Negotiators have finally agreed a post-Brexit transition period
After weeks of deadlock, the March EU summit brought the welcome news that negotiators had reached a deal on a post-Brexit transition period. The agreement, which must still be formally ratified later this year, will create a period of time from the end of March 2019 (when the UK formally leaves the EU) until December 2020 where the UK's relationship with Europe will remain virtually unchanged.
This is good news for businesses. The strong commitment this deal brings will remove a fairly big layer of uncertainty, and should be enough to discourage firms from enacting contingency plans for a ‘cliff edge’ next year. But both sides remain poles apart on the post-Brexit trade agreement. As we pass the half-way mark in the Article 50 process, talks are arguably entering their most difficult phase yet. Negotiators have as little as six months to agree on a high level framework for future trade, allowing time for ratification by each individual EU parliament.
The UK’s proposals for post-Brexit trade – a model known as ‘managed divergence’ – have so far been met with a cold reception in Brussels. EU officials are fiercely opposed to ‘cherry-picking’ elements from the single market, and are cautious about agreeing to a deal that could embolden members of the European Economic Area (EEA) to seek their own concessions, or indeed encourage other EU members to look for the exit. Finding a workable solution to the Irish border is also a major focus, and this will be the sole focus of negotiations over the next month or so.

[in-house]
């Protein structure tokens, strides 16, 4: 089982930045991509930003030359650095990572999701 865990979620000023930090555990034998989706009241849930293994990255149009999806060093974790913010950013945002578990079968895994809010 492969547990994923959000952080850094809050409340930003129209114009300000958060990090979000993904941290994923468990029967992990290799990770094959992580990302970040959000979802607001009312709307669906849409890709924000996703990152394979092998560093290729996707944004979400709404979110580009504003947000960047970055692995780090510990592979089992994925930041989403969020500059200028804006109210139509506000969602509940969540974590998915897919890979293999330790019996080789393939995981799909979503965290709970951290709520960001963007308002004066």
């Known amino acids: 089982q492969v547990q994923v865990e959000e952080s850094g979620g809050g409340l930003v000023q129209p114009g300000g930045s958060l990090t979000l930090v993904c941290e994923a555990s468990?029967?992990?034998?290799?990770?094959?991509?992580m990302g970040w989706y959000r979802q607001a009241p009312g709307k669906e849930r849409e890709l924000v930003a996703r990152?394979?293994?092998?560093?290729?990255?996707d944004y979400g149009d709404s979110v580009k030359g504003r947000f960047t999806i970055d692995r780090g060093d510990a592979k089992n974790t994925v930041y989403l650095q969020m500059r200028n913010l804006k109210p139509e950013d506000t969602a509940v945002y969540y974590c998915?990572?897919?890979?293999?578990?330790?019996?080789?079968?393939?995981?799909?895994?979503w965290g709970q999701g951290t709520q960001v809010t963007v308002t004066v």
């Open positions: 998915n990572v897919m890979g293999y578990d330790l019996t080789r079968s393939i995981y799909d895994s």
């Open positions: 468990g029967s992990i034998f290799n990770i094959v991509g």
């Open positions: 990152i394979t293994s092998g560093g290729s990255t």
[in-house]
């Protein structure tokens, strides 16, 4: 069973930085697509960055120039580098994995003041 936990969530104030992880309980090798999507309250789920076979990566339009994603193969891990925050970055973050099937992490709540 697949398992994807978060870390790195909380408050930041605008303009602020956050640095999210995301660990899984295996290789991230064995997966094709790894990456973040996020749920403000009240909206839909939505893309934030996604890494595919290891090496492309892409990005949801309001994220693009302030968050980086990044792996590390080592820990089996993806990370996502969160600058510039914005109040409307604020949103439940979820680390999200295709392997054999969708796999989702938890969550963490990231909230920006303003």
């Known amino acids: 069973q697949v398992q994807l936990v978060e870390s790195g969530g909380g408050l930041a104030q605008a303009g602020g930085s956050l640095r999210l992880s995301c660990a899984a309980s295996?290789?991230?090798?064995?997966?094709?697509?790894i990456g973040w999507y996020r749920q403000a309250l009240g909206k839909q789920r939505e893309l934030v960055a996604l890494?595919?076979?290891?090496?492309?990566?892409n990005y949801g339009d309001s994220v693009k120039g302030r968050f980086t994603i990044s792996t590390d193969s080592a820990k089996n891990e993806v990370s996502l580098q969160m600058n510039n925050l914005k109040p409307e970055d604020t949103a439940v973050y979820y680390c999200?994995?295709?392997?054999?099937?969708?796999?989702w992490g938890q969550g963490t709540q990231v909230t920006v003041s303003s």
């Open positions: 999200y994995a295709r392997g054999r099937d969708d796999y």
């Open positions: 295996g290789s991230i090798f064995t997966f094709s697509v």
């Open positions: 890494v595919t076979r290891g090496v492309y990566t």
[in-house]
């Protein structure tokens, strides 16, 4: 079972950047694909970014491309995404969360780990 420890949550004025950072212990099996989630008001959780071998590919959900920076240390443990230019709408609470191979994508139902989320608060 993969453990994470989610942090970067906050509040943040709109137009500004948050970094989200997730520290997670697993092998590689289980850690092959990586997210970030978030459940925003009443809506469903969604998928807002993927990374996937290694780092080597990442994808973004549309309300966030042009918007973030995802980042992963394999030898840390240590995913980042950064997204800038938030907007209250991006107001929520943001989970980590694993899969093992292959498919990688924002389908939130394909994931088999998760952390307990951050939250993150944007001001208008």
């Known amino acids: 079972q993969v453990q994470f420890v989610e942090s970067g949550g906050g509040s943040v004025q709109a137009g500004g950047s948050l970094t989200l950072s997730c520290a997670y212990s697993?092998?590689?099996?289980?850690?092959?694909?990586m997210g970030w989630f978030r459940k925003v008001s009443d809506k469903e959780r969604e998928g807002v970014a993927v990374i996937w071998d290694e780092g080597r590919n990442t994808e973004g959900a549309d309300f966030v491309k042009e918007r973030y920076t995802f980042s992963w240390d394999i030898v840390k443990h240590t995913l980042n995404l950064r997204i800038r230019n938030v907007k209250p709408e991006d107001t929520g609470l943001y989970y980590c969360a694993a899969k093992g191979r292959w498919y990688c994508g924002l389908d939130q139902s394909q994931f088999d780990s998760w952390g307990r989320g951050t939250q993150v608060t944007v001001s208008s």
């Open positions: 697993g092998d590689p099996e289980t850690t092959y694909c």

So the key word over the next six months will be “compromise”. This could see the UK stepping back from key red lines – a tough ask for Prime Minister May given the divisions within her government. But it’s also clear this could be lengthy process, and negotiations on the finer details of the post-Brexit trading relationship could extend well into the transition period. This had got observers and businesses increasingly questioning whether a 21-month transition will be long enough for firms to adapt, and for the new customs infrastructure to be built.
Brexit progress check
A May rate hike looks increasingly likely
In the short-term though, the agreement of a transition period makes the prospect of a near-term rate hike from the Bank of England all the more likely. Officials have long talked-up the importance of having an interim period, and at least for now, it will bolster its assumption that the Brexit process will be “smooth”. This comes as the other key input into the Bank’s thought process – wage growth – continues to show signs of life.
Rising wage growth is a key driver in the Bank of England’s thinking. Admittedly, at 2.6%, the current uptick in wage growth says just as much about weakness at the same time last year, as it does about current strength. But even so, the latest numbers indicate that firms are under higher pressure to lift pay to retain/attract talent as the jobs market remains relatively tight. Other surveys paint a similar picture: evidence from BoE agents point to the best year for pay since the crisis, whilst a Markit/REC employment survey recently indicated that starting salaries are rising at the fastest rate in two-and-a-half years.
The combination of Brexit progress and better wage growth figures effectively give the green light on a rate hike at the next meeting in May. The bigger question now is whether they will hike again later this year – markets think it’s roughly 50:50.
A rate hike later in the year could prove tricky
This seems about fair, although we currently think the Bank could run into difficulties in hiking beyond the summer. For one thing, the conclusion of Brexit talks in the autumn will almost certainly be a noisy one. And whilst incomes are no longer falling in real terms, they aren’t set to start rising rapidly any time soon either. With consumer confidence not far off post-Brexit lows (at a time when shoppers globally are the most optimistic they’ve been in over a decade), we think overall economic growth will continue to struggle this year.
This article is taken from our Monthly Economic Update, which you can find here.